Centromeres of higher eukaryotes are epigenetically marked by the centromere-specific CENP-A nucleosome. New CENP-A recruitment requires the CENP-A histone chaperone HJURP. In this paper, we show that a LacI (Lac repressor) fusion of HJURP drove the stable recruitment of CENP-A to a LacO (Lac operon) array at a noncentromeric locus. Ectopically targeted CENP-A chromatin at the LacO array was sufficient to direct the assembly of a functional centromere as indicated by the recruitment of the constitutive centromere-associated network proteins, the microtubule-binding protein NDC80, and the formation of stable kinetochore–microtubule attachments. An amino-terminal fragment of HJURP was able to assemble CENP-A nucleosomes in vitro, demonstrating that HJURP is a chromatin assembly factor. Furthermore, HJURP recruitment to endogenous centromeres required the Mis18 complex. Together, these data suggest that the role of the Mis18 complex in CENP-A deposition is to recruit HJURP and that the CENP-A nucleosome assembly activity of HJURP is responsible for centromeric chromatin assembly to maintain the epigenetic mark.
Centromeric chromatin is defined by the incorporation of a unique nucleosome containing the histone H3 variant CENP-A (centromere protein-A), which distinguishes this locus from general chromatin. Centromeric chromatin plays an integral role in organizing and controlling chromosome segregation. The centromere is the site of microtubule attachment and checkpoint signaling during mitosis and also organizes the constitutive centromere components throughout the cell cycle (Cleveland et al., 2003; Musacchio and Salmon, 2007; Cheeseman and Desai, 2008).
The human centromere contains hundreds of thousands to millions of base pairs of DNA arranged in α-satellite higher order repeats (Cleveland et al., 2003; Schueler and Sullivan, 2006; Allshire and Karpen, 2008). Despite the characteristic α-satellite DNA content of centromeres, the existence of stable dicentric chromosomes in which a single centromeric region remains “active” and the formation of neocentromeres at non–α-satellite repeat regions have led to the understanding that centromere specification is an epigenetic process (Marshall et al., 2008). The mechanism by which CENP-A is assembled at preexisting centromeric sites, whether at canonical centromeres or neocentromeres, remains unclear.
The presence of the CENP-A nucleosome within centromeric chromatin directs the recruitment of a large set of proteins present at the centromere throughout the cell cycle (Musacchio and Salmon, 2007). These proteins can be divided into partially overlapping subcomplexes, including the CENP-A nucleosome-associated complex (CENP-ANAC), CENP-A distal components, and CENP-H–I complexes, and are collectively termed the constitutive centromere-associated network (CCAN; Obuse et al., 2004; Foltz et al., 2006; Okada et al., 2009). CENP-N and CENP-C, within the CENP-ANAC, are able to independently discern centromeric CENP-A–containing chromatin from general chromatin by directly recognizing the CENP-A nucleosome (Carroll et al., 2009, 2010).
Several models have been proposed to explain how CENP-A nucleosomes may be differentiated from H3.1 nucleosomes. One model predicts an octameric CENP-A–containing nucleosome with a more compact structure relative to the histone H3.1 nucleosome (Black et al., 2007; Camahort et al., 2009; Sekulic et al., 2010). Also proposed are changes in the CENP-A nucleosome composition that include single copies of each of the four core histones, a lack of histones H2A and H2B, or the inclusion of the nonhistone component Scm3 (Dalal et al., 2007; Mizuguchi et al., 2007; Williams et al., 2009). Finally, it has been suggested that centromeric nucleosomes wrap DNA in a right-handed path around the CENP-A/CenH3-containing histone core, in contrast to the left-handed wrapping of the canonical H3 nucleosome (Furuyama and Henikoff, 2009). All of these distinctions may contribute to the selective assembly of CENP-A nucleosomes into centromeric loci or to the recruitment of a unique set of proteins to the centromeric chromatin.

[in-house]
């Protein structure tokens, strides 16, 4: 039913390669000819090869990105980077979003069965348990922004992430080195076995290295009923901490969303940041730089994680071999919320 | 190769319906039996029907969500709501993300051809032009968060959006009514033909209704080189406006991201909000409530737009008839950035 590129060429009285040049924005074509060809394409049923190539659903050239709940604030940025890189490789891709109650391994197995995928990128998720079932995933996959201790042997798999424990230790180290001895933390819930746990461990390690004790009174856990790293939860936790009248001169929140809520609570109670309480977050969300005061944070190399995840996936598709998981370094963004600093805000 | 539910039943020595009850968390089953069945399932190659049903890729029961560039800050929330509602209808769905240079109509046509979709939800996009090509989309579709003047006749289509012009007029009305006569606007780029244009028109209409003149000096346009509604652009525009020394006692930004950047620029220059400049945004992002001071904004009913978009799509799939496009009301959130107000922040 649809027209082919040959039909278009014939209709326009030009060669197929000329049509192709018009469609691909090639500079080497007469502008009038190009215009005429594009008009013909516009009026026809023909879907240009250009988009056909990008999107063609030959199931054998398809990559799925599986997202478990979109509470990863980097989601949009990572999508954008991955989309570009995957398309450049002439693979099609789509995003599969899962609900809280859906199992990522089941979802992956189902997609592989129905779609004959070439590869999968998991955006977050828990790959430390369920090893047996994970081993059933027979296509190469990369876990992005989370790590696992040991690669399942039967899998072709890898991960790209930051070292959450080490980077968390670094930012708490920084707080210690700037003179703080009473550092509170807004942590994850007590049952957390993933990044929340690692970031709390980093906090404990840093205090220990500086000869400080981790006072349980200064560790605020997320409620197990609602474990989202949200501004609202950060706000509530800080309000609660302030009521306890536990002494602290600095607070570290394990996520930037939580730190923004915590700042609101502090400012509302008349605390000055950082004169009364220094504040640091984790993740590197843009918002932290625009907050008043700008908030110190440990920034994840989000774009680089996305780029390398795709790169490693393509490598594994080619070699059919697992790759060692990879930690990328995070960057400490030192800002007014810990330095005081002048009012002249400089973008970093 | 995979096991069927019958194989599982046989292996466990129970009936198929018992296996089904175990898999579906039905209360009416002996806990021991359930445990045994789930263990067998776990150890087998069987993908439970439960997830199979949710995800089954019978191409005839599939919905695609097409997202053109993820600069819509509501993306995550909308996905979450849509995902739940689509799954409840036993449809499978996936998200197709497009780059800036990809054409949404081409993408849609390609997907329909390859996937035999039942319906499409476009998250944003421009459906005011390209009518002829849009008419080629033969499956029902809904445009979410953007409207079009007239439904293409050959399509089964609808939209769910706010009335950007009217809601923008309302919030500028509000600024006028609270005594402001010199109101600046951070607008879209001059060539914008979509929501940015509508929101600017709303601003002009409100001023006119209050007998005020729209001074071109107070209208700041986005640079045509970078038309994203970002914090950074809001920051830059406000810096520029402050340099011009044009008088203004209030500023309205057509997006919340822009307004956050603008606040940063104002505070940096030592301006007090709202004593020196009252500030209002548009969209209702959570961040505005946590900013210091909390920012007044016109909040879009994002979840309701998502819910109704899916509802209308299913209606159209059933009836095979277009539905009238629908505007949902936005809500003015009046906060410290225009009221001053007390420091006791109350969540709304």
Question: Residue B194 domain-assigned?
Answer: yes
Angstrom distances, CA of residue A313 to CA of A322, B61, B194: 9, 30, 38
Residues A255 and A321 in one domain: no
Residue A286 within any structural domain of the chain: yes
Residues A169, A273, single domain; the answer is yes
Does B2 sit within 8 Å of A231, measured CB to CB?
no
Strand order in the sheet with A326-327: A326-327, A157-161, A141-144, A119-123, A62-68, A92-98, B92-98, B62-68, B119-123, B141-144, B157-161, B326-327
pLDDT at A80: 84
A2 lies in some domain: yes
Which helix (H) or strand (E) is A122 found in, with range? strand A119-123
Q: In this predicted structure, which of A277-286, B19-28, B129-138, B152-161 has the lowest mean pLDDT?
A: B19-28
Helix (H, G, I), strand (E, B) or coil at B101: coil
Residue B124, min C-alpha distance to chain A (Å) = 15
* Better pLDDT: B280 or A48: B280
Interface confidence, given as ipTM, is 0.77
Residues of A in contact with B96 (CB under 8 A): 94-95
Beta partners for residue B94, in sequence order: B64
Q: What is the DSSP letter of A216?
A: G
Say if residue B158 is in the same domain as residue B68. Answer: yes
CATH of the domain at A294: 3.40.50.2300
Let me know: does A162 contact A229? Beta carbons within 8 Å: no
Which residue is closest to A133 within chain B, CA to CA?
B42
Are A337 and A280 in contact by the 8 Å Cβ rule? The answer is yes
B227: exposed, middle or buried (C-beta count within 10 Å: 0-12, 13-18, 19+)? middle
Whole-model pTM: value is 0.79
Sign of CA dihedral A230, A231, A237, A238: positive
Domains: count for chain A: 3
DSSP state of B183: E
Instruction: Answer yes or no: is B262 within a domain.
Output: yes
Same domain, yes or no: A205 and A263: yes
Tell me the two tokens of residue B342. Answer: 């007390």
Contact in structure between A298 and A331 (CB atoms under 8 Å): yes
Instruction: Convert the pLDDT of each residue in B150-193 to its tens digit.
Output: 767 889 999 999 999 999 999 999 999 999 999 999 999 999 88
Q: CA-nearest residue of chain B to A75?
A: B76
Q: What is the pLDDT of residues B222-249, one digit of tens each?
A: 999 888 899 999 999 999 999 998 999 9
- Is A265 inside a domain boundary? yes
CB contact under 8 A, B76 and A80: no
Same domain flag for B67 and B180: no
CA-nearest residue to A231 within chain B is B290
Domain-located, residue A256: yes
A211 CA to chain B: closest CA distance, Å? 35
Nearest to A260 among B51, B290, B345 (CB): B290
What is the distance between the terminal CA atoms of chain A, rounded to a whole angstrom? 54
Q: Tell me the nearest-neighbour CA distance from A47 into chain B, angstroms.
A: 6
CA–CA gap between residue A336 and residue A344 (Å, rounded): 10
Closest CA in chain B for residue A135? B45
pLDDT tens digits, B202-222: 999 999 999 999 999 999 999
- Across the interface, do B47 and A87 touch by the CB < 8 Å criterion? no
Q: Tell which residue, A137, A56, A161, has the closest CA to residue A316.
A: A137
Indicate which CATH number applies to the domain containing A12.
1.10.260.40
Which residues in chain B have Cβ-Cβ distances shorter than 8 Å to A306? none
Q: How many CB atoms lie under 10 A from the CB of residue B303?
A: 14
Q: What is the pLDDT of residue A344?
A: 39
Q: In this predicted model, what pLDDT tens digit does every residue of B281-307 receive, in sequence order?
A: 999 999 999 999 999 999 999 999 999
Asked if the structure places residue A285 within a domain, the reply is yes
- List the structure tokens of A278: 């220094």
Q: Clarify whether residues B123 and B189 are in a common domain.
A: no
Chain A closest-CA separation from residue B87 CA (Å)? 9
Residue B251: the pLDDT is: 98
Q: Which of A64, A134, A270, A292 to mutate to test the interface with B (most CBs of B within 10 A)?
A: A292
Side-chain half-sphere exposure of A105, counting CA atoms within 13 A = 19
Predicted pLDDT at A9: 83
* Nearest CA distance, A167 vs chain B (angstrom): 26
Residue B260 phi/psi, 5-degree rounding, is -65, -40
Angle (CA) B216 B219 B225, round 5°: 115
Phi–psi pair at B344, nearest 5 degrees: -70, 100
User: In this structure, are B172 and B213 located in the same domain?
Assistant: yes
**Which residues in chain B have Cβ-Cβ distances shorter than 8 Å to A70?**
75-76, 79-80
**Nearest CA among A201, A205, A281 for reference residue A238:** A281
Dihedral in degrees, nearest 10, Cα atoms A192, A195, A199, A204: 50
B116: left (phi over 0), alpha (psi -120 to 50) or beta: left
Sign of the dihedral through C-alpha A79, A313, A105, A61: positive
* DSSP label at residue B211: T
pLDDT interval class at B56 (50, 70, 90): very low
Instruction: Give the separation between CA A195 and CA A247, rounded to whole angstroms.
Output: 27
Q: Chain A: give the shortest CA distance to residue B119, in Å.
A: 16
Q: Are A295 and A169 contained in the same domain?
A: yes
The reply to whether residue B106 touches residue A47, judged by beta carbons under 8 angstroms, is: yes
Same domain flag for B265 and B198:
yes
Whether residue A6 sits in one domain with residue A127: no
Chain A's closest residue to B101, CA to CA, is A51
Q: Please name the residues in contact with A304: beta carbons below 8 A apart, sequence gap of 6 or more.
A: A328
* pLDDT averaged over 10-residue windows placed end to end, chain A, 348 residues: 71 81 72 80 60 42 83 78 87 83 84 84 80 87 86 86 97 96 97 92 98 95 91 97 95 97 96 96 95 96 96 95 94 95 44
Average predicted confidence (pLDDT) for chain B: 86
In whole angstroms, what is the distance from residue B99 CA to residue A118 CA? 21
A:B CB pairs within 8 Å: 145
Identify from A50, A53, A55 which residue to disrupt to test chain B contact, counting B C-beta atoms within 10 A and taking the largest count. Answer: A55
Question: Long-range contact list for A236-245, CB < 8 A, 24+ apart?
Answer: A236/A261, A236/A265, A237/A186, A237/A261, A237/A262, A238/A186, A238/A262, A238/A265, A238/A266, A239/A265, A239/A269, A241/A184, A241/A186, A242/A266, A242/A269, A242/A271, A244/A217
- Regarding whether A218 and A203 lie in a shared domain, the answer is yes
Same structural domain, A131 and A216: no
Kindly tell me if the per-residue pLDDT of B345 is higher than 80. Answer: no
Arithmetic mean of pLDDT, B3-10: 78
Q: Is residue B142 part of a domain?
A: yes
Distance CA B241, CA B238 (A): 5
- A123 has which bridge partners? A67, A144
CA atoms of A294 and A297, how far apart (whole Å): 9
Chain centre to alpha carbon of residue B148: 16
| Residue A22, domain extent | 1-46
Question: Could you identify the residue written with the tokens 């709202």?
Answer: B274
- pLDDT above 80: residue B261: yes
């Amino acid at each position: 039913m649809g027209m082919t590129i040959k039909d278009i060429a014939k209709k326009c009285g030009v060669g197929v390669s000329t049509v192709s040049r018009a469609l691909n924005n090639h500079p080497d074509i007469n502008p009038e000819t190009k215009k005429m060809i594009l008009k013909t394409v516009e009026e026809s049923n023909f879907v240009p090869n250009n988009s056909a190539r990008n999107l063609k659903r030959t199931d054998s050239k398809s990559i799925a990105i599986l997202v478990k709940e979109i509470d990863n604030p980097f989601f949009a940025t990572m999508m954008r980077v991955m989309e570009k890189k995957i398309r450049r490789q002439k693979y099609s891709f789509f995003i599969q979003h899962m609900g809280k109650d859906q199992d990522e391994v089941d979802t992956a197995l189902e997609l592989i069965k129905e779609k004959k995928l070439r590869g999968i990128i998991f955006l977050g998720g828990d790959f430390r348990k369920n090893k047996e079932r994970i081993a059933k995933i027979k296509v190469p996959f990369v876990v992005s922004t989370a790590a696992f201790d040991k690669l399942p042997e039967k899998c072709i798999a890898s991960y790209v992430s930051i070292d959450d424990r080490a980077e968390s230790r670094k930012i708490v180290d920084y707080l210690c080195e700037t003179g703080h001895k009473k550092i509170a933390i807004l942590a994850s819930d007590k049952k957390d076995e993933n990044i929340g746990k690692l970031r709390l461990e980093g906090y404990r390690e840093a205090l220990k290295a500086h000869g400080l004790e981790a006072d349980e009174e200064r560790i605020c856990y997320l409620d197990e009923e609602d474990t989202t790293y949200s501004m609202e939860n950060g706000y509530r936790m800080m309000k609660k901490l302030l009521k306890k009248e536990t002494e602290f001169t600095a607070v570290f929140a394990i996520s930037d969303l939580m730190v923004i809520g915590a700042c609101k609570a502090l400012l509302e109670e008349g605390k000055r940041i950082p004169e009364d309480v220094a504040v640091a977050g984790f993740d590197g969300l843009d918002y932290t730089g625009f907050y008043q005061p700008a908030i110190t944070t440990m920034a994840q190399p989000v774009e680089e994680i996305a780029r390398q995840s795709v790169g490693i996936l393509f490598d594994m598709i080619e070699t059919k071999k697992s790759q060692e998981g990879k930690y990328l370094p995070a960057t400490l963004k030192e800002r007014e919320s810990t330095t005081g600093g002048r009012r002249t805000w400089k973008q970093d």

The redistribution of preexisting CENP-A nucleosomes between newly synthesized sister DNA strands during S phase necessitates the incorporation of new CENP-A nucleosomes during each round of cell division to maintain centromeric identity. Distinct histone chaperones for the different histone H3 variants function to couple the deposition of the appropriate histone variant to a unique site within the genome at distinct times during the cell cycle (Ransom et al., 2010). In the case of vertebrates, new CENP-A is recruited to centromeres in a prenucleosomal complex with HJURP during early G1 (Jansen et al., 2007; Dunleavy et al., 2009; Foltz et al., 2009; Shuaib et al., 2010; Bernad et al., 2011). Point centromeres of Saccharomyces cerevisiae and regional centromeres of Schizosaccharomyces pombe also require the HJURP homologue Scm3 for the recruitment of their respective CENP-A homologues. The interaction between HJURP and CENP-A depends on the centromere-targeting domain (CATD) of CENP-A (Black et al., 2004; Foltz et al., 2009). The CATD is a portion of the histone-fold domain of CENP-A that confers structural changes that alter the shape, surface, and conformational flexibility of the complexes into which CENP-A assembles, relative to its conventional counterpart H3 (Black et al., 2007; Sekulic et al., 2010). This same region dictates the interaction of CENP-A with the Scm3 domain of HJURP as well as CENP-A’s association with the constitutive centromere protein CENP-N (Carroll et al., 2009; Foltz et al., 2009). These data suggest that the structural differences imparted by the CATD mediate the correct localization and incorporation of the variant within the genome and the recruitment of the appropriate proteins required for building the centromere.